I have a  feeling of disconnect since morning. An illusion of  wearing a mask and being in a masquerade. I am trying to search for the face under the mask, but it’s eluding me. The bard did have a point when he called this world a  stage.

Confusing thoughts. Materialistic surroundings. Giggly teens. Lukewarm tea. Hmm.




Preamble:  the Ramayana and Mahabharata are two mega epics of Hinduism. For those that don’t know.


I went to an uber-hep undergrad college, which was (is?) known for its literature and dramatic skillset.  Although I belonged to the stodgy field of the sciences, the motley hip crowd fascinated me.  I hung around (albeit not fitting in one bit) a literature major crowd, and while I was disappointed in them not being more literarily inclined than even I, I did a bit of drama-hopping with them. If I remember right, the then heart-throb was a play director called “Michael Muthu”, and his version of “Jesus Christ Super Star” and another one (perhaps by a different director) called “Joseph and the technicolor dream coat” (I think), I found fascinating in those juvenile years.  I also saw some more serious, symbolic plays that seemed to have a lot of oomph factor among the hip gang that I struggled to fit in, but I never quite got them, and wondered if I was uncharitable in calling them pretentious – in my mind of course.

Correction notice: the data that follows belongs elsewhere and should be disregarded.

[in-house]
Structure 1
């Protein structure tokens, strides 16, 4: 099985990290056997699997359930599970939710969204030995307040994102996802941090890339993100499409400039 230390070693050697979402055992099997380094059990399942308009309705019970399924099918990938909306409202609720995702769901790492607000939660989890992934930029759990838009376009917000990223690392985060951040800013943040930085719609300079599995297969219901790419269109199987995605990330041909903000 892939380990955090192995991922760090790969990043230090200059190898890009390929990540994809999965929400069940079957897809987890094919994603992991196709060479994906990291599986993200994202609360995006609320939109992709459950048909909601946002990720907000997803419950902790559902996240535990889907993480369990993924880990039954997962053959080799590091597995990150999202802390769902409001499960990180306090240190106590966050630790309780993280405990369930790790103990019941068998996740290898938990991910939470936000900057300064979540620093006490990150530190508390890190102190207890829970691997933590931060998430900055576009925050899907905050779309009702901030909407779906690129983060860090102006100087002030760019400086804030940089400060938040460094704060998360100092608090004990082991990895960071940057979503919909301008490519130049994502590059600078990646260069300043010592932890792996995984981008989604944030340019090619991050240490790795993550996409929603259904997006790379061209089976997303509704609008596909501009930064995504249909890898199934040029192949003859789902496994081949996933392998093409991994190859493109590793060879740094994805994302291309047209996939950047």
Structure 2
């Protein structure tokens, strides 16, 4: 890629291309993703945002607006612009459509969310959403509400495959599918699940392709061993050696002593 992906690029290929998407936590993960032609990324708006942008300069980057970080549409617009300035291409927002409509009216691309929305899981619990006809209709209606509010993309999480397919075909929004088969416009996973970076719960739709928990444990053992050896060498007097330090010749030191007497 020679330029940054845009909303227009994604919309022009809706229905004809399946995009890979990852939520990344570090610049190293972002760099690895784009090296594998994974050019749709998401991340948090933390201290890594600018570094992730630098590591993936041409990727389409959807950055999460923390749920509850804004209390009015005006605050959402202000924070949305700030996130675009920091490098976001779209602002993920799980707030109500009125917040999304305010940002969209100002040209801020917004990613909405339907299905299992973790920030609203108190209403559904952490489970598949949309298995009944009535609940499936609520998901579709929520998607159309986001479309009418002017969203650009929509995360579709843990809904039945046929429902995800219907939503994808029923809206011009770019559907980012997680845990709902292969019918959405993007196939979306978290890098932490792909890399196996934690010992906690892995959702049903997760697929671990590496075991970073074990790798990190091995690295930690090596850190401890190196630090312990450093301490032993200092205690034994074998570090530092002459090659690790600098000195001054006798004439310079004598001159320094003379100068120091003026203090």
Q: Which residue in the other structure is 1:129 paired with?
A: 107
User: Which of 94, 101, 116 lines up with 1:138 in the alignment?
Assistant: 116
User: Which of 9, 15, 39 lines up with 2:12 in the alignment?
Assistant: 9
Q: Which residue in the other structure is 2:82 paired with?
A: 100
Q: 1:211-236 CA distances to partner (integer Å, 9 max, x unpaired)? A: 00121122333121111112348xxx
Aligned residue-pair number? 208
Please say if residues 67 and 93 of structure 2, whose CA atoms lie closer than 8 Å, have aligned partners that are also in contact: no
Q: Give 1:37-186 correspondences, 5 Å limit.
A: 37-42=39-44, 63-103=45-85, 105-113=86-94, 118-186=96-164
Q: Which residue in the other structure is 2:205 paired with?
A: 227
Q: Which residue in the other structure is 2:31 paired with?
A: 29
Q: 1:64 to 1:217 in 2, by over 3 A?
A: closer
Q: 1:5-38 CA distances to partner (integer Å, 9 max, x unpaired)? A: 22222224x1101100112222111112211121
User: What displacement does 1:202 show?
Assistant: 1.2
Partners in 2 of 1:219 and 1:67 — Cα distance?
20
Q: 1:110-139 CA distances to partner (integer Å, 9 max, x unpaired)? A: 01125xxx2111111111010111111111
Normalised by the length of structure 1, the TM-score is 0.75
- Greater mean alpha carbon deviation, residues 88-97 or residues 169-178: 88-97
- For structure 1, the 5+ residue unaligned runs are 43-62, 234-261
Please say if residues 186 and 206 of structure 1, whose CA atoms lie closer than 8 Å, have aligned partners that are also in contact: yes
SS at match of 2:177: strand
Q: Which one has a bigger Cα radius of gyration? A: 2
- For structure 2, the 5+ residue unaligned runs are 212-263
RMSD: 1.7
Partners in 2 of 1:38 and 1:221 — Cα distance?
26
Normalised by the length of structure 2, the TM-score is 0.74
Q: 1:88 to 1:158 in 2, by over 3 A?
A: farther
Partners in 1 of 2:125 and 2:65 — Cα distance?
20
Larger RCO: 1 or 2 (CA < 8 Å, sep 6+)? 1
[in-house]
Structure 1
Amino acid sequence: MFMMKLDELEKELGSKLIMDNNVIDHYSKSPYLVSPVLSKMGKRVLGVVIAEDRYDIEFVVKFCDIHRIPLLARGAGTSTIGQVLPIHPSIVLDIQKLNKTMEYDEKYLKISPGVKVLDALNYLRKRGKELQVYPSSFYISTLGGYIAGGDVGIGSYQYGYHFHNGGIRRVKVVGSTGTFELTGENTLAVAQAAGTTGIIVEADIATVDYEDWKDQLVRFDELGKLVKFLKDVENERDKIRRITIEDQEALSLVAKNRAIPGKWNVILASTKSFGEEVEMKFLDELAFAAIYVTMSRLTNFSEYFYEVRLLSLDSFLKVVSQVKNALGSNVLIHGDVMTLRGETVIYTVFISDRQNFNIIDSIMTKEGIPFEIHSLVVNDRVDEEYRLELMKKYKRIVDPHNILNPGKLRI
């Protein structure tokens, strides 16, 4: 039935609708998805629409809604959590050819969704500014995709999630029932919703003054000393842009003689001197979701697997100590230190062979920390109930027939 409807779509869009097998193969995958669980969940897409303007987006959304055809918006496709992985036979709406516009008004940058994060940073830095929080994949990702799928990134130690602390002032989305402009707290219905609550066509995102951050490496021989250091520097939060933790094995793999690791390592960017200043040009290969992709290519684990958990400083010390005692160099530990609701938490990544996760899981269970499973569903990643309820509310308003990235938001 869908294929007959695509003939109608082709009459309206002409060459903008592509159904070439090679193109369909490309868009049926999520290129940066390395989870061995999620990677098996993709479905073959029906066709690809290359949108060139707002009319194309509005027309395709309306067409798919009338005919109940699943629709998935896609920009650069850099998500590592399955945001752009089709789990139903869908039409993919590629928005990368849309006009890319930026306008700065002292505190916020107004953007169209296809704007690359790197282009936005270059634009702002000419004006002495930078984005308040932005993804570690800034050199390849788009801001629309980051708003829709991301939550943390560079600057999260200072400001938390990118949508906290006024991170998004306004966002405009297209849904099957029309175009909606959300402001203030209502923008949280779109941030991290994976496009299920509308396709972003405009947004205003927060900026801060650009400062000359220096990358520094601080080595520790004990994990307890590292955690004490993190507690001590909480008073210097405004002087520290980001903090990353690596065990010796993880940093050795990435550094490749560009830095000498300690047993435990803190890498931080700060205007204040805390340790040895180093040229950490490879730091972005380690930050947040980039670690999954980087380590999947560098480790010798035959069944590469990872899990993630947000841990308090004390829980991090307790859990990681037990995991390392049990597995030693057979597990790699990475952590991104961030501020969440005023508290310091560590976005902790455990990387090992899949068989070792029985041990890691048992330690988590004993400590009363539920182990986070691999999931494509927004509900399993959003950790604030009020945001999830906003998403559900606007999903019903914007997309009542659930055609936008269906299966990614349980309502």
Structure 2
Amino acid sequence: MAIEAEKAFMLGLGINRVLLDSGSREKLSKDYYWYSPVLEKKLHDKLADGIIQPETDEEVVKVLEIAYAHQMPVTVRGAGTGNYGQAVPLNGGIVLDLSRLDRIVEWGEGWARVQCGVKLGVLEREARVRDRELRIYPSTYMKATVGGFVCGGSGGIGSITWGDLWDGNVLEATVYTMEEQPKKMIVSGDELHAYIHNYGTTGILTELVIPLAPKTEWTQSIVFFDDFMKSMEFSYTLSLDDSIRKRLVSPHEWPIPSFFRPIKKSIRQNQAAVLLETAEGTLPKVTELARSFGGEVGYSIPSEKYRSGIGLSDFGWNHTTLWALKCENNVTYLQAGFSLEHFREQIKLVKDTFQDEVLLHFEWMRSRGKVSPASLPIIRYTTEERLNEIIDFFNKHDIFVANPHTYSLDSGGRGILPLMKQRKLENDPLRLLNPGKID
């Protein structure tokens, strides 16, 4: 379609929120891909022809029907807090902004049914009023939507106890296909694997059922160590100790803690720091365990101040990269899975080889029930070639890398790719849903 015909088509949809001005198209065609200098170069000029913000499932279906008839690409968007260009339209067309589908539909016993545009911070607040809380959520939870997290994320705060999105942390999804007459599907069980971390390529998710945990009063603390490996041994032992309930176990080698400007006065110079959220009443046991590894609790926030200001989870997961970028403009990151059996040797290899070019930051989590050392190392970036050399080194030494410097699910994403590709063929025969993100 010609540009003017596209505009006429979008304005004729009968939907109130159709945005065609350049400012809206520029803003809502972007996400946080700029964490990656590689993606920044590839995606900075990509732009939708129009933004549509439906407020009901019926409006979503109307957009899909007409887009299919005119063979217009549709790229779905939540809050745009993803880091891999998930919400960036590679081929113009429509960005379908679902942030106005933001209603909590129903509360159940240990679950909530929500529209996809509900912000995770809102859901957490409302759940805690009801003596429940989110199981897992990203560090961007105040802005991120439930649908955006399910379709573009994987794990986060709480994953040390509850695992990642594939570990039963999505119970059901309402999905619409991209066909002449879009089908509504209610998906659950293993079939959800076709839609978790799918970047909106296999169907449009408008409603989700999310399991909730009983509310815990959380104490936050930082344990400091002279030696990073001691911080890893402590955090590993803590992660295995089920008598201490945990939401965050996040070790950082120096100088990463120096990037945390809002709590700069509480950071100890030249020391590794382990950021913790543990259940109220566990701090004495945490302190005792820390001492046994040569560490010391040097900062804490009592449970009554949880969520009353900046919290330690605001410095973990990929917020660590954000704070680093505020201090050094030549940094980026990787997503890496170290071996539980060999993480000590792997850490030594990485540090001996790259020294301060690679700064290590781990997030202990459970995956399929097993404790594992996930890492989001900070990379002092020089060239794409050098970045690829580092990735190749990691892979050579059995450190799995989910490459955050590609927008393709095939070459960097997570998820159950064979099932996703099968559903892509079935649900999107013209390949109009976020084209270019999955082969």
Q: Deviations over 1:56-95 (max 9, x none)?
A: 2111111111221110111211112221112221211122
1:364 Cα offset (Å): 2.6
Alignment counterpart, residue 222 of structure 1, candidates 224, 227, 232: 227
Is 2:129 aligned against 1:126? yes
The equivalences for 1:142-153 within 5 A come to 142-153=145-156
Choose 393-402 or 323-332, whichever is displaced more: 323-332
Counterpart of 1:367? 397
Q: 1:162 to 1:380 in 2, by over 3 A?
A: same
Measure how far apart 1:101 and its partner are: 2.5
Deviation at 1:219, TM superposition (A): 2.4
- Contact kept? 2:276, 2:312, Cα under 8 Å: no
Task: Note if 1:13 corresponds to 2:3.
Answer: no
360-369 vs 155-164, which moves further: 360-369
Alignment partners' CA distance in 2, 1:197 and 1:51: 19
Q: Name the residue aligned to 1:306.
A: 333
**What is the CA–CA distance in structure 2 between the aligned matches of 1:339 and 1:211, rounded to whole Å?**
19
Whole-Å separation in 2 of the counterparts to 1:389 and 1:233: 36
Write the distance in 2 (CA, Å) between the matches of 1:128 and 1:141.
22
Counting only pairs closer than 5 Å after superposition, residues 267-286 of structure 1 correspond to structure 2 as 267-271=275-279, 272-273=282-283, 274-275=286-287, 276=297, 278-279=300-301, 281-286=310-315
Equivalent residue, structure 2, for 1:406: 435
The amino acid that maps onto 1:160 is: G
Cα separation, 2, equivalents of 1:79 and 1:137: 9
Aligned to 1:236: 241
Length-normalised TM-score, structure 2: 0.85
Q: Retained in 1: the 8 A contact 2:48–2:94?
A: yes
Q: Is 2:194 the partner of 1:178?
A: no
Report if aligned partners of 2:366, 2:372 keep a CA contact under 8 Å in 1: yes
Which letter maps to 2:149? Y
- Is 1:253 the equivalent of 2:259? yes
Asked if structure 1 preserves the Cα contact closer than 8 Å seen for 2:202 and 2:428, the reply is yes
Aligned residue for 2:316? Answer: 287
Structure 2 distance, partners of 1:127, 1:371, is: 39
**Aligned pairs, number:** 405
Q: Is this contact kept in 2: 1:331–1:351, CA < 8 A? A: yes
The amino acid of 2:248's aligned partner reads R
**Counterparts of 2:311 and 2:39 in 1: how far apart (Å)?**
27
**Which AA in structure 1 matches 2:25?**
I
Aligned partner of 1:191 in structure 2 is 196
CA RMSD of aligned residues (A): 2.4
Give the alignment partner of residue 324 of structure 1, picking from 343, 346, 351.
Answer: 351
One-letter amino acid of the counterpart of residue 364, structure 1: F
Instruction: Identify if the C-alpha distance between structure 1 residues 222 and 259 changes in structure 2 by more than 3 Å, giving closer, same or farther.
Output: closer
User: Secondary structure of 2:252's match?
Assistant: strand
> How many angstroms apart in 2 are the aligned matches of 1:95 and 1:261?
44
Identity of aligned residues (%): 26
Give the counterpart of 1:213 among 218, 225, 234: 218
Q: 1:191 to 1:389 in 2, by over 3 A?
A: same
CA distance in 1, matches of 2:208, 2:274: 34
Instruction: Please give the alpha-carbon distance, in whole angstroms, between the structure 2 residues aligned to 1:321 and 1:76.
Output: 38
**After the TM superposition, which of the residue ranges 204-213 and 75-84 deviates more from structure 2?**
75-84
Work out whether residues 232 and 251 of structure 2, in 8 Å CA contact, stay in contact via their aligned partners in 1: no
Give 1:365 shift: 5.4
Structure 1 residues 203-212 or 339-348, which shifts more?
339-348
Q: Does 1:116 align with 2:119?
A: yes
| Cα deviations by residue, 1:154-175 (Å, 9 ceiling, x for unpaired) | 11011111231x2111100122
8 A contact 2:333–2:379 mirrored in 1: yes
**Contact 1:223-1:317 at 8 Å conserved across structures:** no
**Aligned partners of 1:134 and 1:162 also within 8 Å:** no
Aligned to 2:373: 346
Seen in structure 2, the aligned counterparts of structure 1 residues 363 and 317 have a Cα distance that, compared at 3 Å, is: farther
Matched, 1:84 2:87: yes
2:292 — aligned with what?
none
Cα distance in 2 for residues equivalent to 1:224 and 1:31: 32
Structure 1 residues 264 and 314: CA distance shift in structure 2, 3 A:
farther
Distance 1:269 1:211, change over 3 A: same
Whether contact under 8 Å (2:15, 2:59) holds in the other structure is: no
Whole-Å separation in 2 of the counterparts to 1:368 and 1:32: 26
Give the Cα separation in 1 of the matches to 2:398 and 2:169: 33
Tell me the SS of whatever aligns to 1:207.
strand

I have a new and interesting friend, who is a journalist.  We get along well (touch wood) in a bit of an antiseptic way -we don’t venture into personal territories, but discuss books, movies, society, parenting, feminism etc.  Being a journalist, she is into theatre and had asked me if I would like to join her to watch a play during The Hindu (the newspaper, not the religion) drama fest.  I had agreed because, well, why not?